We had the good fortune of connecting with Raina Lee and we’ve shared our conversation below.
Hi Raina, is there something that you feel is most responsible for your success?
To make work that doesn’t look like any one else’s and to not be afraid of making pieces that aren’t “beige” or safe sell. In making ceramics, you spend a few years purely learning technique, and to excel at anything you start by imitating the greats, learning the method your teachers make things, and learning and even copying peers, all for the sake of extending your skill set. You don’t really get comfortable in your own skill visually until you can master technique– for me it’s form making and glaze making. Only then can you push the limits of the material and get the outcomes you want, versus mistakes just being wabi sabi. Also, when I look to see what’s out there in ceramic art and interiors in general, I can see trends and aesthetics that have taken over. I feel it in my gut that I don’t want to make things that already exist, so for me its instinctual to try to make something else.
Alright, so let’s move onto what keeps you busy professionally?
CERAMIC ART: I’m an artist who makes sculptural and function works in ceramic. I spend much of my work creating unusual glazes, which have bubbly volcanic textures and day-glo colors, and creating painterly landscapes with my special combinations of glaze. I draw inspiration from extreme natural landscapes, such as the colorful rocks you see in Zion or Painted Hills, as well as rainbows of geothermal pools of Iceland and Yellowstone. I’m also deeply interested in ceramic history, such as classical Chinese, Persian, and Greek.
I’ve worked most of my life as a writer, author of non-fiction works as well as a zine publisher. I’ve been a publicist, start-up copywriter, an ad agency naming strategist. Mostly I’ve supported myself with writing. I published a handmade print zine that had a cult following in the early 2000 (1-Up MegaZine), as well as wrote Hit Me With Your Best Shot: The Ultimate Guide To Karaoke Domination. I am fairly comfortable to creating a product and going out into the world and selling it.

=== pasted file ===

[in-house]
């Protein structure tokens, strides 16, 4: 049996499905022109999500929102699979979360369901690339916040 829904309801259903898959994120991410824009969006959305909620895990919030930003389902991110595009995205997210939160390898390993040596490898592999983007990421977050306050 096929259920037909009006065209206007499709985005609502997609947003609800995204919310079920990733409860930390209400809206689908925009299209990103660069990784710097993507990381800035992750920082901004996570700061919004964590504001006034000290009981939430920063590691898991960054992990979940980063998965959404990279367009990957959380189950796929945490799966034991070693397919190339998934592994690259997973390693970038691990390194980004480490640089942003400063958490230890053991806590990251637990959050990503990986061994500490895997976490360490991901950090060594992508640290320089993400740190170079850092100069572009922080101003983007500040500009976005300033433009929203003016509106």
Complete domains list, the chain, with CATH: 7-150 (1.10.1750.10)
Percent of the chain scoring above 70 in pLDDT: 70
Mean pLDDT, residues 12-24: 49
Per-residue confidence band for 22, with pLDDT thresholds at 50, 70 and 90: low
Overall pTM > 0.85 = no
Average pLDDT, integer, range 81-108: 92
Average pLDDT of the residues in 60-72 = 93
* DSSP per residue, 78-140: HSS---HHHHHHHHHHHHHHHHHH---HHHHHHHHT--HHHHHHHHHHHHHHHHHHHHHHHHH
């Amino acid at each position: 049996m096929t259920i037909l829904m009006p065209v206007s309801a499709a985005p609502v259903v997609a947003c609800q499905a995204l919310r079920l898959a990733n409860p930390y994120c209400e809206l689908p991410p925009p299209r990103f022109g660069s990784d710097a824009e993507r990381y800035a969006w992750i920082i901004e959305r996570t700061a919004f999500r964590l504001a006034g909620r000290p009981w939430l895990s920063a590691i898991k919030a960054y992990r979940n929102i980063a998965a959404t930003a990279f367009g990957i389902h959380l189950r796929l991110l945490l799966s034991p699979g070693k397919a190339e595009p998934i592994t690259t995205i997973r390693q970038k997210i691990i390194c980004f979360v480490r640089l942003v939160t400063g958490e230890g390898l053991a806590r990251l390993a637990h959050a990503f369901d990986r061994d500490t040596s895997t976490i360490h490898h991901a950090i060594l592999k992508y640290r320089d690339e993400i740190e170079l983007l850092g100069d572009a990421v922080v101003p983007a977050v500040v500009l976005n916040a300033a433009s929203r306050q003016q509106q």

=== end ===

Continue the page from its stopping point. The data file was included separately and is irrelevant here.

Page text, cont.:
ADVICE TO CREATIVES
So many creatives I know aren’t comfortable promoting their work, either in person or online, but the way to be success is doing both. I cannot stress the value of doing in person events, whether they are trade shows, fairs, conventions, pop-ups because human connection is what people remember. Some people are shy, too worried of being “too much,” don’t like self-aggrandizing. What I try to stress is when you are writing a press release, marketing material, or even an IG post is that you are not writing as YOU. You are your brand persona, which is totally a different thing. It’s not personal, you are not exposed. You can have another Instagram account for your personal but when you promote your work it’s your work, that’s already in the world and not you. Don’t take it personally!
You have to 100% promote your work– no matter how amazing you think it is or how shy you are, it’s not gonna sell itself. Sorry, that’s just 100% true.
If you had a friend visiting you, what are some of the local spots you’d want to take them around to?
San Gabriel Valley! Go for a Michelin Star meal at Bistro Na, order the crispy shrimp, marinated soy skin, watermelon juice and the elaborate 30 piece dessert, then go for $20 foot massages nearby! That’s how I impress New York friends.
Who else deserves some credit and recognition?
The community of creative friends and fellow small business owners that have helped my work grow and thrive, such as early teachers at studios in New York, Ceramics professor Rob Kibler of Glendale Community College, fine artists Kozyndan, Tantuvi owner Arati Rao, fellow ceramist Minh Singer, Angie Myung and Ted Vadakan of Poketo. To many to name! All of my stockists, who are patient with me since they know I am a one-woman show! Claire and Phillip of Stroll Garden, who are giving me my first solo show in 2021! And my partner Mark Watanabe who does all my shipping, packing and display making, whose is over qualified to do these things as an architect. Thank you!
Mark Watanabe, Lindsey Kusterman, Shoppe Object, Stroll Garden